Furthermore, it says a train will run from Toronto to Vancouver on Wednesday and return in the opposite direction two days later, on March 6.

The company adds that all current reservations on those segments will be protected and further departures will be announced in the coming days.

Blockades across the country, especially in eastern Ontario, have impacted the passenger rail company’s service over the past few weeks.


4:55 p.m. ET

The general manager of an eastern Quebec rail line says he fears for the survival of his business if authorities can’t negotiate an end to a rail blockade in Listuguj, in Quebec’s Gaspe region.

Luc Levesque says the Societe du chemin de fer de la Gaspesie had to lay off half its 30 employees last week and is at risk of losing major contracts with clients.

Members of the Listuguj Mi’kmaq First Nation have refused to dismantle the barricade, in defiance of a court injunction issued earlier this week.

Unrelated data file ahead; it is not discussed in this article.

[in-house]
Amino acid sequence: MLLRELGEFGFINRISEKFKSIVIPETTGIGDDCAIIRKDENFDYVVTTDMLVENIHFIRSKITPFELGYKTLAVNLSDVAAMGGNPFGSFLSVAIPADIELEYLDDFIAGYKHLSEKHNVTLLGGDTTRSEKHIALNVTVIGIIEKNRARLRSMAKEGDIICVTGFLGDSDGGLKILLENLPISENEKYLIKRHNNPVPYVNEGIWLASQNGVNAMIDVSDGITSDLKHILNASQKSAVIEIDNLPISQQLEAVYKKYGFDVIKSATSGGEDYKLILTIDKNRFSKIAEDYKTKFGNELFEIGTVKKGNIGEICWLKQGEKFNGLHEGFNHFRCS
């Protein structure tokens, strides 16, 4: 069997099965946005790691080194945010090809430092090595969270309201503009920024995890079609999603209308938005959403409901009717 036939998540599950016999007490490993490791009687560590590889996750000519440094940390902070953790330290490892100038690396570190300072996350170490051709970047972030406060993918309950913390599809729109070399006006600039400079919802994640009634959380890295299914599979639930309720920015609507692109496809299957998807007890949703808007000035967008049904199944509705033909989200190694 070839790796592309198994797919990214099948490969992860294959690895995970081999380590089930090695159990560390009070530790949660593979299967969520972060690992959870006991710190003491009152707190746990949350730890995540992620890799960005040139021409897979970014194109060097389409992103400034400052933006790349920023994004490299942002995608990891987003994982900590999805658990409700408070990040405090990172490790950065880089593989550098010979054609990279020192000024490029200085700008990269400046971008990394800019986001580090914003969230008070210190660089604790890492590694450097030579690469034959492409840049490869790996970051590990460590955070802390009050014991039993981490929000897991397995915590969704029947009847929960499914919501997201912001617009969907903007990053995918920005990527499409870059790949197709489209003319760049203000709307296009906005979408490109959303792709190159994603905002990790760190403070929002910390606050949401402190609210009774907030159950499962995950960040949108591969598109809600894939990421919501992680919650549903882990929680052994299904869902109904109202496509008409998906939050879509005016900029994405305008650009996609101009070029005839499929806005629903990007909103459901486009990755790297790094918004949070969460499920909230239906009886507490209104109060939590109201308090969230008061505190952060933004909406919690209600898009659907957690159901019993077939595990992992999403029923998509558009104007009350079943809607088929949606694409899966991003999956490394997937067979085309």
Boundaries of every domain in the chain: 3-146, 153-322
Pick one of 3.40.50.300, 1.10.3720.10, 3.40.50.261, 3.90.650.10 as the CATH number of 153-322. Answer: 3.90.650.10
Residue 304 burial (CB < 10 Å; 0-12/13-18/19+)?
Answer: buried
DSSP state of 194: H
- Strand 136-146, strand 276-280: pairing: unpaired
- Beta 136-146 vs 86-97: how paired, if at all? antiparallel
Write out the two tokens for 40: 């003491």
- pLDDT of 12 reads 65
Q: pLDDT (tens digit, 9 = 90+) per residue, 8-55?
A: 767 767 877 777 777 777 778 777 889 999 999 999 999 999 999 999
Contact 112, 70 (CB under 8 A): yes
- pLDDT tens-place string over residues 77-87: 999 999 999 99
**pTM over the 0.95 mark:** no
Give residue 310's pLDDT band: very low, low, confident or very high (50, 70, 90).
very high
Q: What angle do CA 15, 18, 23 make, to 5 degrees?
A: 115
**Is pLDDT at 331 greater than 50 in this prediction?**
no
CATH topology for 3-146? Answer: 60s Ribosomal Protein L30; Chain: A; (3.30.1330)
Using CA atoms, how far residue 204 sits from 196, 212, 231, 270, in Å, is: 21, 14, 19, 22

The Mi’kmaq government in the area has said that while its band council is not involved in the protest, it has no intention of forcefully removing peaceful protesters from the rail line.


2:27 p.m. ET

B.C. Premier John Horgan says he has no plans to go to Smithers in the near future to meet with Wet’suwet’en hereditary chiefs who oppose a pipeline project.

A meeting is underway with the federal and provincial Indigenous relations ministers but the chiefs have invited the premier and Prime Minister Justin Trudeau to join them at the table.

Horgan says he’s been told the talks have been co-operative, cordial and respectful and he is hopeful a peaceful resolution and a way forward can be reached.

He says the Coastal GasLink pipeline has lawfully issued permits in place and has been endorsed by 20 elected band councils along the route.